This is a guest blog from our Placement Programmer, Amy E, in which she tells us about her experiences choosing her discipline as a programmer, and speaking at a college Industry Day.
According to the Ukie Games Industry Census, women make up only 28% of people working in the games industry, and only 10% of programmers. Amy's commitment to advocating for games careers provides the representation young people need to see if we want to address this industry-wide disparity, and we're proud to have her with Sumo Leamington. If you would like more advice about speaking at industry days, you can find Amy on LinkedIn!
Getting into games
When I had just finished my GCSEs, I felt a little lost about where I wanted to go in life. I didn't know which career path I wanted to go down, but I always found myself doing creative subjects! I loved art and video games, so I decided to go to college and complete a Games Development course.
This course exposed me to lots of new tools and specialisms, including 3D art, 2D art and programming. Initially, when joining the course, I wanted to be a concept artist or an illustrator, and design and draw stuff for games. I was really inspired by video game art books. But once I tried programming I fell in love! It was so much more creative than I initially thought! Unfortunately, there weren't many other people on my course who specialised in programming. In fact, I could probably count the number of people who wanted to specialise in programming on one hand - and I was the only girl! So a lot of what I learned from the beginning was from studying in my own time and making extra projects.
Every year, the course hosts an Industry Day, when people working in the games industry come in and give presentations and share industry insights with the students. I loved these industry days during my time as a student, and I'm still in contact with some of the people who gave talks. As I'm sure you can imagine, I was very excited to be invited to do a talk at an Industry Day myself!
I thought I'd share my experiences here, in the hopes that it helps someone else who is interested in doing outreach.
Speaking at a college Games Industry Day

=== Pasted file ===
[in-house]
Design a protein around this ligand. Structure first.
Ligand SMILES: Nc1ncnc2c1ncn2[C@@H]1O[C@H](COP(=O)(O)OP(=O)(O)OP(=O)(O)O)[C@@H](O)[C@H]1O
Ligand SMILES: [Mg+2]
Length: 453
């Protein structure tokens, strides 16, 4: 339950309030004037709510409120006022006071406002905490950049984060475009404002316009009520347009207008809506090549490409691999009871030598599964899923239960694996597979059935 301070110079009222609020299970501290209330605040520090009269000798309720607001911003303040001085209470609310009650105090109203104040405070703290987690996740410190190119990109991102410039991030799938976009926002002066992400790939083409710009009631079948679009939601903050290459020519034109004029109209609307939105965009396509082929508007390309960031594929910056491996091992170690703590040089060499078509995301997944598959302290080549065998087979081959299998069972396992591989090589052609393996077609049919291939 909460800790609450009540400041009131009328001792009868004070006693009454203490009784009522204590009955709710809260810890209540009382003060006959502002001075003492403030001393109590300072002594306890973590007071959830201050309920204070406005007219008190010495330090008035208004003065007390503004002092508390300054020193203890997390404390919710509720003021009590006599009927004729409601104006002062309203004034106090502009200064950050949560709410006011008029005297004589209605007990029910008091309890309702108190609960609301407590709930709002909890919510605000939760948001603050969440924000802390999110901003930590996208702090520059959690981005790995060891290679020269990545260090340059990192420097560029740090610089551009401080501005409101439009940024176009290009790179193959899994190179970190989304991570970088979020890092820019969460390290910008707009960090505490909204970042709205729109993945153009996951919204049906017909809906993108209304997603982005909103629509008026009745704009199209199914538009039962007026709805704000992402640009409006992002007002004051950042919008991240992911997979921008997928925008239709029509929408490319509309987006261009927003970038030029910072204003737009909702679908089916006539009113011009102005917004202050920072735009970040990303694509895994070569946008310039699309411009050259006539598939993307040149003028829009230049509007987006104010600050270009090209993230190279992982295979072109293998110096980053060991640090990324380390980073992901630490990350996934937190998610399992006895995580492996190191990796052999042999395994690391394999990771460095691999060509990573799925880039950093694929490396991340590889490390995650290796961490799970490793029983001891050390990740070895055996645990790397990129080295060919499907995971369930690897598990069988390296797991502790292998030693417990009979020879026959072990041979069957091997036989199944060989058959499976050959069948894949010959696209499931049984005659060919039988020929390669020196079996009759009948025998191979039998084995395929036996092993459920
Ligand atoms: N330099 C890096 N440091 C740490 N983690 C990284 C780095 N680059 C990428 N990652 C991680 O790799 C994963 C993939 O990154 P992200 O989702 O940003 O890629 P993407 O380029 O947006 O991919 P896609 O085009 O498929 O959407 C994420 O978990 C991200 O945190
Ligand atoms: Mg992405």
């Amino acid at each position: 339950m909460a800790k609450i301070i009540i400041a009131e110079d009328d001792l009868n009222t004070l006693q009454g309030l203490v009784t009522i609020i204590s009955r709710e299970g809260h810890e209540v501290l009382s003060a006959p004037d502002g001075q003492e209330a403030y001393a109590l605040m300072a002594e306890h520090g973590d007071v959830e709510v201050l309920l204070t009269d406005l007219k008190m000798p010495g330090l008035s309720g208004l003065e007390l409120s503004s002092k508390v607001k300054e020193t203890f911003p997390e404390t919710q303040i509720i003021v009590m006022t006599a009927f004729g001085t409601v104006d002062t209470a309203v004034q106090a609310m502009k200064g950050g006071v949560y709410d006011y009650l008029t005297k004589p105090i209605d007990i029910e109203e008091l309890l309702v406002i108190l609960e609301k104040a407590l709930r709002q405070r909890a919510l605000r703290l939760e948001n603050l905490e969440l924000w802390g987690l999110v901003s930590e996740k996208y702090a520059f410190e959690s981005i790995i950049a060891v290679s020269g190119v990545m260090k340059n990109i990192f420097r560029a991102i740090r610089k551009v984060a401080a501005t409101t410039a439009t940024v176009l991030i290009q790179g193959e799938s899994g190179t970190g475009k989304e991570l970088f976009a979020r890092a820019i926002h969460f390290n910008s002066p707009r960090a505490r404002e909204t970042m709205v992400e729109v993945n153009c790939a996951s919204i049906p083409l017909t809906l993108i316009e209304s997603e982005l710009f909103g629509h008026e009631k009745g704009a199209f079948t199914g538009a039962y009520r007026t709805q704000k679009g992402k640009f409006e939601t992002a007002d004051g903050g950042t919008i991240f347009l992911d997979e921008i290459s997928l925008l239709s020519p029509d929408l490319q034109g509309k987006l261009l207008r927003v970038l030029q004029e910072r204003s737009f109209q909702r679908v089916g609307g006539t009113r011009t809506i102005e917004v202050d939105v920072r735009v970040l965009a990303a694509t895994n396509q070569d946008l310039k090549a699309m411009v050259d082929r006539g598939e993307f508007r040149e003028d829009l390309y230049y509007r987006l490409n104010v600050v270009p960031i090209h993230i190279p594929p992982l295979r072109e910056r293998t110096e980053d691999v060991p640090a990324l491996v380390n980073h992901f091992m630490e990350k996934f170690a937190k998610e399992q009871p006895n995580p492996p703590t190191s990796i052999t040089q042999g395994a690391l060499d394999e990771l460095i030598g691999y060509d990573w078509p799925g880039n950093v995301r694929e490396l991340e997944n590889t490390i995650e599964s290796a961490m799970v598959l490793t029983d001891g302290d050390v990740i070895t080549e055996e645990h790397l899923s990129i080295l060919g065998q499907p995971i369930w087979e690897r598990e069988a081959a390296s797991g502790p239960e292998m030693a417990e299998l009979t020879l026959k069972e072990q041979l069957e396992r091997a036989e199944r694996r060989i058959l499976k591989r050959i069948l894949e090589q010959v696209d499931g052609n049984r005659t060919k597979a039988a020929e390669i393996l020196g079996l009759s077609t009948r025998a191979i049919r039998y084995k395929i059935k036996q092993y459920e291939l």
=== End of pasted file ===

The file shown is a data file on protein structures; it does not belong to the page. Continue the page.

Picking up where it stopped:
- Choosing a subject: It wasn't too hard to come up with a subject to speak on. I just thought back to what I would've loved to know when I was a student! There are so many things I wish I'd have known back when I was in college, so I compiled them all into a list and built my talk around that - 10 Ways to Prepare Yourself for the Games Industry.
- To script or not to script? I felt a lot more comfortable delivering this talk without a script, and instead using bullet points as a guide. I'm still considering whether I should try writing a script for future talks, but for this event, the conversational approach felt more natural.
- Being prepared: As well as a PowerPoint presentation, I also prepared a document that went into my 10 tips in more detail and brought these with me to hand out to the students so they could have something to refer to later.
- Engaging the audience: I really wanted to interact with the students and give them lots of opportunities to ask questions. So before I started the presentation or handed out any resources, I ask the students what they thought might be good ways to prepare themselves for a job in games. Their answers were great! Some things were echoed in my presentation, and some of them were new ideas, but it gave us all really strong talking points.
- Being heard: when presenting, I made sure I wasn't rushing - taking my time when talking, as well as asking questions to the students throughout the presentation. Something I did notice throughout the talk was that I'm not used to projecting my voice to a large audience! So this is something I'd like to do more research on.
You can read my full talk here - 10 tips for landing your first games industry job
When I was in college, the course was very male-dominated, and the only other programmers around me were male too. But when going back this year, I could see a lot more diversity in the new year groups - as well as more programmers!
I believe it would be so beneficial for young people who are thinking about getting into the games industry to see more women and minority genders in tech-related roles. So I really hope my presentation helped make more young people feel like they can get into the gaming industry (particularly into programming!) no matter how they identify. If you're thinking of doing some outreach yourself, I'd really recommend it. It's a great experience!